The Guardian has learned that a senior official at GSMA, an international standard-setting body for the mobile phone industry, held discussions with at least one company that is capable of tracking individuals globally through their mobile devices, and discussed the possible creation of a global data-sharing system.
Any move to create such a global tracking system would represent a major escalation in efforts to use mobile phone location data to help stem the pandemic, and would be likely to raise concerns among privacy and security experts.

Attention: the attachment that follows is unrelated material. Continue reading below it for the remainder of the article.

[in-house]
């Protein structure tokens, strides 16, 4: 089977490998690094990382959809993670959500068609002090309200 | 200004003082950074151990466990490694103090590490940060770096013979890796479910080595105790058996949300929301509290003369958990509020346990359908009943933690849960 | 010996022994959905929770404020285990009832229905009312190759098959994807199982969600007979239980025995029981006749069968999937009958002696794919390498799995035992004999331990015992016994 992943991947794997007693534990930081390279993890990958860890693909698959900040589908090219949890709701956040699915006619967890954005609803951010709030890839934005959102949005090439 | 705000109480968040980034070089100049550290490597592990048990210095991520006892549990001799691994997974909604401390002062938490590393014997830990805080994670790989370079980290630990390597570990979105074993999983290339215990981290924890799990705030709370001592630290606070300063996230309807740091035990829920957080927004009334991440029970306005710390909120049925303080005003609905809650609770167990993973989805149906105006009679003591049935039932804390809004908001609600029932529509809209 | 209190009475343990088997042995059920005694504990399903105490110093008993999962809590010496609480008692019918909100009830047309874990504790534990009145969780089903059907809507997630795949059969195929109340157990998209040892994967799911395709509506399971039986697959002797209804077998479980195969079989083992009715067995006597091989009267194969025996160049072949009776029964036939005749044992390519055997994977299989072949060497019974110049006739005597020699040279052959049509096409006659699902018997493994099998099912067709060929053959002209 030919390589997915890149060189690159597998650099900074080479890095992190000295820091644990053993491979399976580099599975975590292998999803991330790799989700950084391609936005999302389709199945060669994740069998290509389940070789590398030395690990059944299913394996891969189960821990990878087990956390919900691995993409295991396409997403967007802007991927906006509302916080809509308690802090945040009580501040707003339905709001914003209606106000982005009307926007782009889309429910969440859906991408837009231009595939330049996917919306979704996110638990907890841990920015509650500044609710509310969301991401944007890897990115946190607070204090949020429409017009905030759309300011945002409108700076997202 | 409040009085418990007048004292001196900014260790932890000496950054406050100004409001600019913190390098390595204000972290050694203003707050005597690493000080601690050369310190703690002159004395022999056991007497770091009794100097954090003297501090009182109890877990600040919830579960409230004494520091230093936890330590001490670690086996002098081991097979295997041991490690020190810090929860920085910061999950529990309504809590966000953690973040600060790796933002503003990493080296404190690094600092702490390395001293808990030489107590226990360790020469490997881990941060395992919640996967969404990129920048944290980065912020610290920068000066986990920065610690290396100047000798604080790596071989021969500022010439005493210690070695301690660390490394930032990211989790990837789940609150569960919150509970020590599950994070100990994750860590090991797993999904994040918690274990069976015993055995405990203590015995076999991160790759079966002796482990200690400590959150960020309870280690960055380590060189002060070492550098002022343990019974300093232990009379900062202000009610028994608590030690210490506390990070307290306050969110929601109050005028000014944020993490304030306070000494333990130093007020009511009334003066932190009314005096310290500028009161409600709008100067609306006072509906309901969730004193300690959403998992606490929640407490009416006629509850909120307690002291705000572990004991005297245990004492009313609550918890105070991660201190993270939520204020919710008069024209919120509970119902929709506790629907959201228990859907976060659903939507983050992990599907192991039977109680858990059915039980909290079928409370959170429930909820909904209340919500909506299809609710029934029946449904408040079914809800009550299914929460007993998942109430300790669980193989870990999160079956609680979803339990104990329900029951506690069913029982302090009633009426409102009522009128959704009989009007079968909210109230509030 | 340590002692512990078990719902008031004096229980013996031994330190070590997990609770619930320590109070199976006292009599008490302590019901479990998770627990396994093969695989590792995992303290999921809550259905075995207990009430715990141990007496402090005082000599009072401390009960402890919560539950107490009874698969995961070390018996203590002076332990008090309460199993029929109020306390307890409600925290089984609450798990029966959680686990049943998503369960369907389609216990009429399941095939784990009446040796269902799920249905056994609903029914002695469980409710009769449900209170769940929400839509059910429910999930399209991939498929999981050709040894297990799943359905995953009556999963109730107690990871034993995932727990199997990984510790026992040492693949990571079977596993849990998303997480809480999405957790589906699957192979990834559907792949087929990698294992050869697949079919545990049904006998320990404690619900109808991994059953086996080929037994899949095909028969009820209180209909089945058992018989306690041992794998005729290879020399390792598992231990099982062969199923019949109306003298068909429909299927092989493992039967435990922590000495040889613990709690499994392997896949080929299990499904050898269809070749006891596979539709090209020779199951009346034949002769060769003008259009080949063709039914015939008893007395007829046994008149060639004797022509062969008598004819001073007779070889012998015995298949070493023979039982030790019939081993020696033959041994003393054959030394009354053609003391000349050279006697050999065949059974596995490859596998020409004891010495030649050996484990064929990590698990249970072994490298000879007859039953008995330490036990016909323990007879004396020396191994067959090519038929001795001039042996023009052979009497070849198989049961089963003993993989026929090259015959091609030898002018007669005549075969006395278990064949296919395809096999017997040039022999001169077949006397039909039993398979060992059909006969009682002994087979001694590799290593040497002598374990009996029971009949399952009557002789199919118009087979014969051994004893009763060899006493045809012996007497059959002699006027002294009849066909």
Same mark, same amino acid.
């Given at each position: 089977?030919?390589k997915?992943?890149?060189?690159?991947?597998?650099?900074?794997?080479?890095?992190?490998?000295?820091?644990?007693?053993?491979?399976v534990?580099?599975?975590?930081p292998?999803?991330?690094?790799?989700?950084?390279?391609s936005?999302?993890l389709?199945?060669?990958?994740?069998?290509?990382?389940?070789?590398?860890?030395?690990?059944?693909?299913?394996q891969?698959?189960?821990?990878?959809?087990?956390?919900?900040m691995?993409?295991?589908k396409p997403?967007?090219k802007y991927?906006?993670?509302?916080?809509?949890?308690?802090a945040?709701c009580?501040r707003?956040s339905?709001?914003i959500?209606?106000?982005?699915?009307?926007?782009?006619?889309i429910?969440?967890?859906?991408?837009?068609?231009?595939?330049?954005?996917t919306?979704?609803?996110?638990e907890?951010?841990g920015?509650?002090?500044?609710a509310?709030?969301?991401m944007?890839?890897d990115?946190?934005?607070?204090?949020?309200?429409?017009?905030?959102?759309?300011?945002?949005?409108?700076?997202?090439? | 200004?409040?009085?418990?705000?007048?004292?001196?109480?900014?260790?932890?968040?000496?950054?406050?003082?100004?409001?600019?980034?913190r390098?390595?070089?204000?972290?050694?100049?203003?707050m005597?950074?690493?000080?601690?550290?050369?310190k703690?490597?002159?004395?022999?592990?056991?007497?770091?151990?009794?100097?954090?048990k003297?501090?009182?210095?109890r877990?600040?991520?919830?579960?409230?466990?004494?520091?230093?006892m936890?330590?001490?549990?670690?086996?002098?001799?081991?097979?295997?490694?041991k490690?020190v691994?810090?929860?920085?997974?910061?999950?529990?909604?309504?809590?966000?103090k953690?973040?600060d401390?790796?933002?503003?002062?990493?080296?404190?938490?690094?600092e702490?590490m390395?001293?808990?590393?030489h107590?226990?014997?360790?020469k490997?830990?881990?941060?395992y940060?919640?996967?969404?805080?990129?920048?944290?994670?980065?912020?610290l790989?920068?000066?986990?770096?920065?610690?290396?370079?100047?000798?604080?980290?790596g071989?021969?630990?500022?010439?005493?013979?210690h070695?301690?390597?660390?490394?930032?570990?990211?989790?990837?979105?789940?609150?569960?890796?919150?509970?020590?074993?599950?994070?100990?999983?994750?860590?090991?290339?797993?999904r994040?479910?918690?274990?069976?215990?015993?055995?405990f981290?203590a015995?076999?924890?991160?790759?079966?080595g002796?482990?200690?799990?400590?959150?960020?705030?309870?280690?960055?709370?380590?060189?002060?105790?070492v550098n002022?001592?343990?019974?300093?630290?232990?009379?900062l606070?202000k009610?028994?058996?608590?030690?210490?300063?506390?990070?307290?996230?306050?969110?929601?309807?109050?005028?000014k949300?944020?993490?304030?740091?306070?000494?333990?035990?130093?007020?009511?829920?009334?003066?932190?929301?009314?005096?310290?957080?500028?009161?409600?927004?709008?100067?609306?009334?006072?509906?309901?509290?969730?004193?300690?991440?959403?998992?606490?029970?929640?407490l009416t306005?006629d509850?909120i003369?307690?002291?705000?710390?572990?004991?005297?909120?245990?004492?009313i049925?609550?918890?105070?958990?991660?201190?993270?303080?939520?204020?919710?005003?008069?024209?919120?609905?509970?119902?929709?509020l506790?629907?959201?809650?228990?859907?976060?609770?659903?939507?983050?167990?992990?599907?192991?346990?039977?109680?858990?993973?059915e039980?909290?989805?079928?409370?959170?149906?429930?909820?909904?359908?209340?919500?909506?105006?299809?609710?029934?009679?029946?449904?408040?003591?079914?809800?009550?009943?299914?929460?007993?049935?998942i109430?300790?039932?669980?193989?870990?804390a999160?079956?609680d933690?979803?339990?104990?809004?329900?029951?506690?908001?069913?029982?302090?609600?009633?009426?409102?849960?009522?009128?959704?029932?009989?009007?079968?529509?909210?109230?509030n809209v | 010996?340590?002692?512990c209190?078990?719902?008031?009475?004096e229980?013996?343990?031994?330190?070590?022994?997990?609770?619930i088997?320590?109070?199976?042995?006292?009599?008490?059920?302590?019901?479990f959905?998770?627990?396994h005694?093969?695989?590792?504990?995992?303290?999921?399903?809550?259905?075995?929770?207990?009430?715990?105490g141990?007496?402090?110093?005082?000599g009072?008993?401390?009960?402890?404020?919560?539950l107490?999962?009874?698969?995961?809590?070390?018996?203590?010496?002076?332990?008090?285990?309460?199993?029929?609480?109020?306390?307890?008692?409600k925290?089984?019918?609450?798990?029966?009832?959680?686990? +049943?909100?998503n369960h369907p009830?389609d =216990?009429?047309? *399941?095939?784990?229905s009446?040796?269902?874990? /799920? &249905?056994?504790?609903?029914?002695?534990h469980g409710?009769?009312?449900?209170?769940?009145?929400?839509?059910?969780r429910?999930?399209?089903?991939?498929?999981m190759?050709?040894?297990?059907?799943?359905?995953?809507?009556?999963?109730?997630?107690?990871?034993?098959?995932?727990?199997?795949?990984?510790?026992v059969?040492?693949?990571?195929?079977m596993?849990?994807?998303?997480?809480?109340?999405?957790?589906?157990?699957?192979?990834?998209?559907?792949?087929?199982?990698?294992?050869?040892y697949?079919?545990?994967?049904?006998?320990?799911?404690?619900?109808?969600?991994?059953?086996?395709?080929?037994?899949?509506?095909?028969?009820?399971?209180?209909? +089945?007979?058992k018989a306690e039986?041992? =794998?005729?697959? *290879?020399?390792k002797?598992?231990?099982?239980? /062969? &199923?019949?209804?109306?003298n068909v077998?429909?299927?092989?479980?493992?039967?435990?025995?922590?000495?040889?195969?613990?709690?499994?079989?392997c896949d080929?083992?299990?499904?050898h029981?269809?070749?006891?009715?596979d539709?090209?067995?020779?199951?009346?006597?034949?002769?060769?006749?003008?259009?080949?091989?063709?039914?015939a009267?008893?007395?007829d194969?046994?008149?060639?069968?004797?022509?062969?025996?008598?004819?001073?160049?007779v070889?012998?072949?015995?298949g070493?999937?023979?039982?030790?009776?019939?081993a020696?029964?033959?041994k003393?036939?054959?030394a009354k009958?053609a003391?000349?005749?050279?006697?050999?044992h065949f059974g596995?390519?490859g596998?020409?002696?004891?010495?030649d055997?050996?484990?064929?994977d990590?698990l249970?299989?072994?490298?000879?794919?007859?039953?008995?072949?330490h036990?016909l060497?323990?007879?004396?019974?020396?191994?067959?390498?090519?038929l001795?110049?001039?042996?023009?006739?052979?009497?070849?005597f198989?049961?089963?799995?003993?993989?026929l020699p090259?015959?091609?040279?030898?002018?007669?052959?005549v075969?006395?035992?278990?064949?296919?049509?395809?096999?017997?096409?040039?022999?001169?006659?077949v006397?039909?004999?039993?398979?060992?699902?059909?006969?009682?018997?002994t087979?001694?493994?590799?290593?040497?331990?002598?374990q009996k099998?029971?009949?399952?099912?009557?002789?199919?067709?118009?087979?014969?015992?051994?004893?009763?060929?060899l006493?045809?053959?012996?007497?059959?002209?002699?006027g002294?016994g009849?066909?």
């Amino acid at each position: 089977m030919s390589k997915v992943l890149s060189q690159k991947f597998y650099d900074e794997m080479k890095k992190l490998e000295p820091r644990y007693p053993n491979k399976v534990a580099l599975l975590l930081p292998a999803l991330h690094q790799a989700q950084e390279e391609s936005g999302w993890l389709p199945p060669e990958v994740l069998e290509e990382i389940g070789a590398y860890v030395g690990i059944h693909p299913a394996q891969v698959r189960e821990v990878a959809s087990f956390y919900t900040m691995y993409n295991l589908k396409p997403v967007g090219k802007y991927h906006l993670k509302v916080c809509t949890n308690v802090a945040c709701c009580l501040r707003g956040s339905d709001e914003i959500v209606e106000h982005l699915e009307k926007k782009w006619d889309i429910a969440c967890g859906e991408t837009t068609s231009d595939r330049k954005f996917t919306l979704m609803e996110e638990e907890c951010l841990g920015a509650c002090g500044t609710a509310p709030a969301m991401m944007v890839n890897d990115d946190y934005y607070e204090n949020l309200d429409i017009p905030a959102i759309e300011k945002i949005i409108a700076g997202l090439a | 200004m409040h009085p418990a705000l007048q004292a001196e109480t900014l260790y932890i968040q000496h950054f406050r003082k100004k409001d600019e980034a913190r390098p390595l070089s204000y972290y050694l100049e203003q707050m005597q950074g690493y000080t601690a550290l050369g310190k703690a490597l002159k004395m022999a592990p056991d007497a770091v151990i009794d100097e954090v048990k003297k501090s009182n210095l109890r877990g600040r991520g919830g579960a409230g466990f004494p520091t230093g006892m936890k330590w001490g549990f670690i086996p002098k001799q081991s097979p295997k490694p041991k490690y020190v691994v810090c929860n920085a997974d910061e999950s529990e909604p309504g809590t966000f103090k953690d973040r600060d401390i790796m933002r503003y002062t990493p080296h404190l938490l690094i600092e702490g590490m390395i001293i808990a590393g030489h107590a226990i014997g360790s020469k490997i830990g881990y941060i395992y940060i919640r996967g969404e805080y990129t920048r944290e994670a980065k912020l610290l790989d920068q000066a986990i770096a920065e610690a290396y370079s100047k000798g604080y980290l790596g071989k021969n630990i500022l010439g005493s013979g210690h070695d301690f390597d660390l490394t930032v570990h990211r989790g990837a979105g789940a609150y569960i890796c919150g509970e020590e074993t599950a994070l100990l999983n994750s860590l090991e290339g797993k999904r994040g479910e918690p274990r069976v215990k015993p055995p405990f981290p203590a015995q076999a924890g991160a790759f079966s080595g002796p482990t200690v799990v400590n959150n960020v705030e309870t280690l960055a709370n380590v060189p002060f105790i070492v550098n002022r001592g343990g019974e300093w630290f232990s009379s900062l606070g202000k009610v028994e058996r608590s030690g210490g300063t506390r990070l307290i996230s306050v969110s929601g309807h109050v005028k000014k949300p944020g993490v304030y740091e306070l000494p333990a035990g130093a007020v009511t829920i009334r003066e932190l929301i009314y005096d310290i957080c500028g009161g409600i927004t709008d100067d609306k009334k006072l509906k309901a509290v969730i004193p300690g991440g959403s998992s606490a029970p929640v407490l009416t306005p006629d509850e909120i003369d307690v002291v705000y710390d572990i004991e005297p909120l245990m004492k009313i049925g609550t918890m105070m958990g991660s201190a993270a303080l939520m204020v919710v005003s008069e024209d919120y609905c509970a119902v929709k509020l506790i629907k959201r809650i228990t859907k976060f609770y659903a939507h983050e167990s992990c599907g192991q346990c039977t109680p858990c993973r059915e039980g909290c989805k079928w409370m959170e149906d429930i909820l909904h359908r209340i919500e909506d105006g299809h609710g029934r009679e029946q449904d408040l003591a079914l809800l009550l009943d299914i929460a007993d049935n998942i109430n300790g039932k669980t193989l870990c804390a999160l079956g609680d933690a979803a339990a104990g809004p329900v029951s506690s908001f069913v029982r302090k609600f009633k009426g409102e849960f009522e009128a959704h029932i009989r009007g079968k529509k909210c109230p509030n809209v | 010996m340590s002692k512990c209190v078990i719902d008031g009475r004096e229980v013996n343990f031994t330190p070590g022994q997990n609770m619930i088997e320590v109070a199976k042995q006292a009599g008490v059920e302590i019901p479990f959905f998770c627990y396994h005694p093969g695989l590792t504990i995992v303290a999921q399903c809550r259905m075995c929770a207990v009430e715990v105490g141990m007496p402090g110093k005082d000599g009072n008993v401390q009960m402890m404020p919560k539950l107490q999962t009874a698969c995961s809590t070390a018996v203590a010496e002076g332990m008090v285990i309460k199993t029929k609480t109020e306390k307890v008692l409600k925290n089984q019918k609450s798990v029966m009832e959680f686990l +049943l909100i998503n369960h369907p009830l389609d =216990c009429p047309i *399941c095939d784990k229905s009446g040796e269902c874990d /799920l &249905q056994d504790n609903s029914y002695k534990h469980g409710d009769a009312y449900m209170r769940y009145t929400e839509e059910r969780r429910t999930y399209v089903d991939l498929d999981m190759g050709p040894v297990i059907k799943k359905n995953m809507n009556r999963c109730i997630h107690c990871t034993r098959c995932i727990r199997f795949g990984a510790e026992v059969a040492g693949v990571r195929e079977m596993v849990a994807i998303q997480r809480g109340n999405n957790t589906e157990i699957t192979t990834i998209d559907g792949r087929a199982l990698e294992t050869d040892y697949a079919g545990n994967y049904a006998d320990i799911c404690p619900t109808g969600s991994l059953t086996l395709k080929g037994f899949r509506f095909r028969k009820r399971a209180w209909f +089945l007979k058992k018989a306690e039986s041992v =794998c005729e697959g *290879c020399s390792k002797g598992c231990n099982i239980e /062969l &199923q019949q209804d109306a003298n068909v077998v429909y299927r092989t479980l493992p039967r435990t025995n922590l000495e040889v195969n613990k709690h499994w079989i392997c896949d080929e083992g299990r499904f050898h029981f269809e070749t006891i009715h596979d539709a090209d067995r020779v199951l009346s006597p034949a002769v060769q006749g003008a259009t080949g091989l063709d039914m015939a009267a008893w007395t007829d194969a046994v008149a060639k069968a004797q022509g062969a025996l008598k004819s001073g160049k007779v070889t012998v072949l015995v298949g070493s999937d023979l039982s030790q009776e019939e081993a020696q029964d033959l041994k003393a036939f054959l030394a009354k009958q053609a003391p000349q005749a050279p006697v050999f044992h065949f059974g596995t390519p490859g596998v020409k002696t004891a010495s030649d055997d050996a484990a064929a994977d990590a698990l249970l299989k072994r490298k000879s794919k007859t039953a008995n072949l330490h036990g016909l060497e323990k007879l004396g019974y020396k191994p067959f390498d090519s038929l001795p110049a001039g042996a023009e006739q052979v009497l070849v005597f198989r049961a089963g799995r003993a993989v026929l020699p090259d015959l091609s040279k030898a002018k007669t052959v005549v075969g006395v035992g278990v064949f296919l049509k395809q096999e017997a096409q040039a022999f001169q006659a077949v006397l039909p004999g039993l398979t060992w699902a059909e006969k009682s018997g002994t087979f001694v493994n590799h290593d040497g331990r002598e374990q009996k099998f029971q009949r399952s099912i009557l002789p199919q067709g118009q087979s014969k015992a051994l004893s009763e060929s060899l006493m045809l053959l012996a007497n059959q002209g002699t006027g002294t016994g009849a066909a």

Until now the use of mobile phone tracking in the fight against Covid-19 has been restricted to national governments, which are either monitoring data within their borders or in discussions with mobile operators and technology companies about doing so.
They include the US, India, Iran, Poland, Singapore, Israel and South Korea. The British government is engaged in talks with BT, the owner of the UK mobile operator EE, about using phone location and usage data to determine the efficacy of isolation orders.
The concept of an international mobile tracing scheme would go further, enabling authorities to monitor movements and potentially track the spread of the disease across borders. The GSMA represents the interests of 750 mobile phone operators and vendors across the world and helps set international standards for companies.